It’s not easy being…gifted. April 10, 2012Posted by mareserinitatis in education, gifted, homeschooling, older son, societal commentary, teaching.
Tags: Aspergers, Aspie, education, gifted, gifted education
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I was surprised at how many people misunderstood my post on Asperger’s. However, I suppose it’s bound to happen when people go on a rant in print. What I’d like you to do, if you felt I was being offensive to Aspies, is go back and read the post, substituting “gifted” for “Aspie”. Or you could use the word ‘green’. I still feel pretty much the same way. The point I was trying to make was that labels suck.
Nicoleandmaggie left a comment in yesterday’s post that said:
I agree with the above folks that diagnosis of syndromes is important for treating the negative aspects of those syndromes, and that’s as true for giftedness as it is for Aspergers as it is for PCOS.
I’m not convinced this is true. I can homeschool a child who is gifted without ever having a clue they’re gifted while being able to keep them adequately challenged. Likewise, I could probably do the same with an Aspie child (since people used to keep giving the older son that ‘armchair diagnosis’). The problem is not the mental state of the child as much as the fact that we expect all children to sit in classrooms with other kids their age and function exactly the same way. With both Asperger’s and giftedness, it’s amazing how those labels suddenly don’t become as important when in a workplace setting.
If you’ve ever hung out with physicists or engineers, the ones that stick out are NOT the socially clueless, nerdy, fixated types: it’s the ones who make decisions emotionally and adhere to societal norms. Really, the place we need these labels is when we have such an artificially constructed environment that necessitates ‘normality’ and conformity. Further, the teachers of these classrooms (especially in elementary) tend to be of the personality type that values social conformity over rationality or innovative thinking. Giftedness is viewed as a threat to the social fabric, and I would guess that Aspies, with their nonconformity to societal values, are in the same boat as the gifted (and it’s twice as bad for those who are both). All this, despite the fact that the ‘teacher lecturing to kids sitting quiescently in their desks’ method of teaching has been shown to be one of the least effective methods of communicating information.
In my own life as a student and as a parent, I’ve had a fair number of teachers who think that gifted kids don’t need to be challenged, they need to be brought down a notch. And, as a parent, the looks I get from teachers when the subject of giftedness comes up is far worse than having to say there’s an IEP for educational autism in place. (And what good are labels like exceptionally gifted when no one has a clue what they mean anyway?!) Yet, as an adult, I have never had to even address most of the differences my kids display in unstructured environments. When not in school, people learn to deal with those who are different or to try to avoid those who are so different that they can’t deal with them. I am thoroughly convinced that the reason we need labels is not to help the kids but to help the teachers deal with kids they don’t understand or don’t like. Which makes me wonder why we keep using this model where we stick kids in these situations that almost always result in a negative impact on their self-esteem.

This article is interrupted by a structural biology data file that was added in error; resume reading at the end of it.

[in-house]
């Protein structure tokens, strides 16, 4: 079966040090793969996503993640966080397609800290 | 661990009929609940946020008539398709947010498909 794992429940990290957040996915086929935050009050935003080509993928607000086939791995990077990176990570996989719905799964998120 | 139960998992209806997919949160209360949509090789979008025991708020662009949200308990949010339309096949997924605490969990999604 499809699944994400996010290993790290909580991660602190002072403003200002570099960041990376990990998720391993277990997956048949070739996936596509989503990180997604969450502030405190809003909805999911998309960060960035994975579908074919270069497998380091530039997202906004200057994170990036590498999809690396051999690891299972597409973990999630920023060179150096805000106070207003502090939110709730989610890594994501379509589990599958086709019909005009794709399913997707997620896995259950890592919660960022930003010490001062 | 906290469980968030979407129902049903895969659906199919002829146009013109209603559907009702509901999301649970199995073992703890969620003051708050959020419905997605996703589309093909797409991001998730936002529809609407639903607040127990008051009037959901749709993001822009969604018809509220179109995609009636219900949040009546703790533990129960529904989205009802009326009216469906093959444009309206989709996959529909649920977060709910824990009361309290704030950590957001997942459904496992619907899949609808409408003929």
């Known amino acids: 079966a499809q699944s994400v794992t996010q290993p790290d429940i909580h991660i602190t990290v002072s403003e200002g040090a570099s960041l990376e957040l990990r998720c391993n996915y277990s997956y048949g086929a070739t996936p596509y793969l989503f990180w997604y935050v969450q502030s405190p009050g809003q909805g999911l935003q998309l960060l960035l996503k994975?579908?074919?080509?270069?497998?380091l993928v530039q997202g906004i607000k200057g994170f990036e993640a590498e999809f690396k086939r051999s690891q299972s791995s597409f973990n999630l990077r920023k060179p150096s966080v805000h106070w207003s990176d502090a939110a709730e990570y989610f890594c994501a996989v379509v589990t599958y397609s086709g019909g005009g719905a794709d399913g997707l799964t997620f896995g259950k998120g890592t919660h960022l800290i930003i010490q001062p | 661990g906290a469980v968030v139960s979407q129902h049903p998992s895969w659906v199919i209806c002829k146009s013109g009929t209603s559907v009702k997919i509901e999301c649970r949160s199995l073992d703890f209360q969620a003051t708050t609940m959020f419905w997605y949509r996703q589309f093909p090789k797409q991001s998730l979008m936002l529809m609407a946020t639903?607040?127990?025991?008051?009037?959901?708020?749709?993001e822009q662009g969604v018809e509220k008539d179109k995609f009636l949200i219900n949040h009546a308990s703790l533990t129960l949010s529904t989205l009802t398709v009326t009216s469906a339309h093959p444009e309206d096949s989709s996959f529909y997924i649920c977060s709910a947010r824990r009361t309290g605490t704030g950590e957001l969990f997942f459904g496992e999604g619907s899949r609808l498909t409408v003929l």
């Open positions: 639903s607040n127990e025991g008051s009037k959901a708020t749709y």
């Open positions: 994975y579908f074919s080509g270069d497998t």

I think there are two solutions to the problem, best when used together. First, I think the role of teachers is all messed up. Second, I think the whole classroom organization scheme is messed up, too. The older boy attended a gifted school for two years where the premise was that each kid could work at an individual level toward their own specific educational goals. The teachers in this scenario became facilitators. It’s actually a lot like homeschooling, except there are more kids and some of the learning comes from interacting with those kids. In this scenario, the teachers need to be educated about differences, keep an eye out for problems a kid may have, but they also have to understand the material they are teaching very well. (Given elementary education training is more about classroom control than ensuring a very thorough understanding of the material, this changes the nature of how teachers would have to be educated.) In this scenario, kids who had different needs were able to have those needs addressed without drawing undue attention to their differences. It significantly reduced the amount of peer issues and, especially, bullying. The interactions were organic, not forced.
A lot of the education was done through self-paced computer programs. This meant one kid would get through five years of math in one year while another might struggle getting through a single year during that time. But it didn’t matter…they could excel where they were able and allowed to take it more slowly when necessary. And there was no judgement attached.
Creating this sort of classroom environment is probably somewhat more expensive than a regular classroom, but I’m not sure. (How does the cost of textbooks and workbooks compare with computers and easily updated software?) We’re so used to the notion that education means suffering, both through too fast or too slow academics as well as through social stigma for all our differences. I don’t think people really are making an effort to correct these issues, which are often linked, because they are too stuck on the idea of doing things the way they always have been done.
This means we continue to need labels. And I still think labels are stupid.